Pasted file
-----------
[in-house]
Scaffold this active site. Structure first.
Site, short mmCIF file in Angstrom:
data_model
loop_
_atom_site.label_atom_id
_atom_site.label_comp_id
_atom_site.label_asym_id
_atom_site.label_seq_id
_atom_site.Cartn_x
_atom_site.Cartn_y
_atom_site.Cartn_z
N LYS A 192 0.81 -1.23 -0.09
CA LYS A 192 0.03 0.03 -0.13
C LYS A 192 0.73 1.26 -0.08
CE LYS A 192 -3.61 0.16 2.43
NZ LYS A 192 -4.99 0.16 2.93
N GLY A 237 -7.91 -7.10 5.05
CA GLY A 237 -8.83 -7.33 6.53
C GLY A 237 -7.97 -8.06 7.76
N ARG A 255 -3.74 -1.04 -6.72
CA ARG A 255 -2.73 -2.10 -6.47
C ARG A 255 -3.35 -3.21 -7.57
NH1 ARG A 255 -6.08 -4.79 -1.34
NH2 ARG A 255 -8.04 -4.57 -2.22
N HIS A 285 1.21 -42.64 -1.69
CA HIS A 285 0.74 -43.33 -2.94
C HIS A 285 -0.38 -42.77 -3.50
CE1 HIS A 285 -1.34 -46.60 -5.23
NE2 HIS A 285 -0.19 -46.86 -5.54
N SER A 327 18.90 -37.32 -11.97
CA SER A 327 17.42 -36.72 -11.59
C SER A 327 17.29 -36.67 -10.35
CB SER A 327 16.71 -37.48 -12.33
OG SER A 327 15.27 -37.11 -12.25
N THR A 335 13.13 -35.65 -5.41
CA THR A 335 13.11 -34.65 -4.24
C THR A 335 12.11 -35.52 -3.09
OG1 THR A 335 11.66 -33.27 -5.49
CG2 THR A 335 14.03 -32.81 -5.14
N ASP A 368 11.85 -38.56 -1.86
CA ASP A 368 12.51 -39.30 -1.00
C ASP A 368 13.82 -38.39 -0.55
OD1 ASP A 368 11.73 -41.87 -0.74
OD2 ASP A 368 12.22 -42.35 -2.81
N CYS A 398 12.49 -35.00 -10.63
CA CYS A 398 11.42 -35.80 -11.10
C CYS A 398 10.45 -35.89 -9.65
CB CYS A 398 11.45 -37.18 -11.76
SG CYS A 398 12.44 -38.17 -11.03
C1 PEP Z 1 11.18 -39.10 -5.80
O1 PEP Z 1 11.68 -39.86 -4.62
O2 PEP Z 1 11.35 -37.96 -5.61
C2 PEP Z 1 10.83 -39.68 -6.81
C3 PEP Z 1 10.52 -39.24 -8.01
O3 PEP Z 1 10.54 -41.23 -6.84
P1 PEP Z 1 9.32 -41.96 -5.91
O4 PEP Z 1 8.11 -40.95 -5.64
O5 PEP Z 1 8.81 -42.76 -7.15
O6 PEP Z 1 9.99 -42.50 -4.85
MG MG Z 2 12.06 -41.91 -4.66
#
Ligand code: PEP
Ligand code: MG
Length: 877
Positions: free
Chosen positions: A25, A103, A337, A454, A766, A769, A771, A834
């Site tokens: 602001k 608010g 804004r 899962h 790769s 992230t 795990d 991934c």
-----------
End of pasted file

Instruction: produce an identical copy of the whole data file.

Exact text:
[in-house]
Scaffold this active site. Structure first.
Site, short mmCIF file in Angstrom:
data_model
loop_
_atom_site.label_atom_id
_atom_site.label_comp_id
_atom_site.label_asym_id
_atom_site.label_seq_id
_atom_site.Cartn_x
_atom_site.Cartn_y
_atom_site.Cartn_z
N LYS A 192 0.81 -1.23 -0.09
CA LYS A 192 0.03 0.03 -0.13
C LYS A 192 0.73 1.26 -0.08
CE LYS A 192 -3.61 0.16 2.43
NZ LYS A 192 -4.99 0.16 2.93
N GLY A 237 -7.91 -7.10 5.05
CA GLY A 237 -8.83 -7.33 6.53
C GLY A 237 -7.97 -8.06 7.76
N ARG A 255 -3.74 -1.04 -6.72
CA ARG A 255 -2.73 -2.10 -6.47
C ARG A 255 -3.35 -3.21 -7.57
NH1 ARG A 255 -6.08 -4.79 -1.34
NH2 ARG A 255 -8.04 -4.57 -2.22
N HIS A 285 1.21 -42.64 -1.69
CA HIS A 285 0.74 -43.33 -2.94
C HIS A 285 -0.38 -42.77 -3.50
CE1 HIS A 285 -1.34 -46.60 -5.23
NE2 HIS A 285 -0.19 -46.86 -5.54
N SER A 327 18.90 -37.32 -11.97
CA SER A 327 17.42 -36.72 -11.59
C SER A 327 17.29 -36.67 -10.35
CB SER A 327 16.71 -37.48 -12.33
OG SER A 327 15.27 -37.11 -12.25
N THR A 335 13.13 -35.65 -5.41
CA THR A 335 13.11 -34.65 -4.24
C THR A 335 12.11 -35.52 -3.09
OG1 THR A 335 11.66 -33.27 -5.49
CG2 THR A 335 14.03 -32.81 -5.14
N ASP A 368 11.85 -38.56 -1.86
CA ASP A 368 12.51 -39.30 -1.00
C ASP A 368 13.82 -38.39 -0.55
OD1 ASP A 368 11.73 -41.87 -0.74
OD2 ASP A 368 12.22 -42.35 -2.81
N CYS A 398 12.49 -35.00 -10.63
CA CYS A 398 11.42 -35.80 -11.10
C CYS A 398 10.45 -35.89 -9.65
CB CYS A 398 11.45 -37.18 -11.76
SG CYS A 398 12.44 -38.17 -11.03
C1 PEP Z 1 11.18 -39.10 -5.80
O1 PEP Z 1 11.68 -39.86 -4.62
O2 PEP Z 1 11.35 -37.96 -5.61
C2 PEP Z 1 10.83 -39.68 -6.81
C3 PEP Z 1 10.52 -39.24 -8.01
O3 PEP Z 1 10.54 -41.23 -6.84
P1 PEP Z 1 9.32 -41.96 -5.91
O4 PEP Z 1 8.11 -40.95 -5.64
O5 PEP Z 1 8.81 -42.76 -7.15
O6 PEP Z 1 9.99 -42.50 -4.85
MG MG Z 2 12.06 -41.91 -4.66
#
Ligand code: PEP
Ligand code: MG
Length: 877
Positions: free
Chosen positions: A25, A103, A337, A454, A766, A769, A771, A834
């Site tokens: 602001k 608010g 804004r 899962h 790769s 992230t 795990d 991934c």